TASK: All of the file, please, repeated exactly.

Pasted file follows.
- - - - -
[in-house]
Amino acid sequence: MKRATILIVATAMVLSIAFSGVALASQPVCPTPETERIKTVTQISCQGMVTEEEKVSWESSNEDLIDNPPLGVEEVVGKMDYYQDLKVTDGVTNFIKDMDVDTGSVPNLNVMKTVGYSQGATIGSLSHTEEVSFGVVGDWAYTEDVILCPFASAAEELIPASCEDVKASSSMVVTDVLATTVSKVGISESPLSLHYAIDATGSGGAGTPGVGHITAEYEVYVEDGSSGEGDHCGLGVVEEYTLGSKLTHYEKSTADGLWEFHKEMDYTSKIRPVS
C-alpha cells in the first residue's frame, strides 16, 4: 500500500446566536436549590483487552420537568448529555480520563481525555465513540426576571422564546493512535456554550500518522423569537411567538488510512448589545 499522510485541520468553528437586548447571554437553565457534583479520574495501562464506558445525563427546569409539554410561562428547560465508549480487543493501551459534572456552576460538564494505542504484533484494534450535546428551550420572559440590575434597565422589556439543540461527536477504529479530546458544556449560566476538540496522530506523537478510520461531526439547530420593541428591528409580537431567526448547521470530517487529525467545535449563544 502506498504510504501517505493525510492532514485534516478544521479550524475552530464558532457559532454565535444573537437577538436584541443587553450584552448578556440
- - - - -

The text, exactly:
[in-house]
Amino acid sequence: MKRATILIVATAMVLSIAFSGVALASQPVCPTPETERIKTVTQISCQGMVTEEEKVSWESSNEDLIDNPPLGVEEVVGKMDYYQDLKVTDGVTNFIKDMDVDTGSVPNLNVMKTVGYSQGATIGSLSHTEEVSFGVVGDWAYTEDVILCPFASAAEELIPASCEDVKASSSMVVTDVLATTVSKVGISESPLSLHYAIDATGSGGAGTPGVGHITAEYEVYVEDGSSGEGDHCGLGVVEEYTLGSKLTHYEKSTADGLWEFHKEMDYTSKIRPVS
C-alpha cells in the first residue's frame, strides 16, 4: 500500500446566536436549590483487552420537568448529555480520563481525555465513540426576571422564546493512535456554550500518522423569537411567538488510512448589545 499522510485541520468553528437586548447571554437553565457534583479520574495501562464506558445525563427546569409539554410561562428547560465508549480487543493501551459534572456552576460538564494505542504484533484494534450535546428551550420572559440590575434597565422589556439543540461527536477504529479530546458544556449560566476538540496522530506523537478510520461531526439547530420593541428591528409580537431567526448547521470530517487529525467545535449563544 502506498504510504501517505493525510492532514485534516478544521479550524475552530464558532457559532454565535444573537437577538436584541443587553450584552448578556440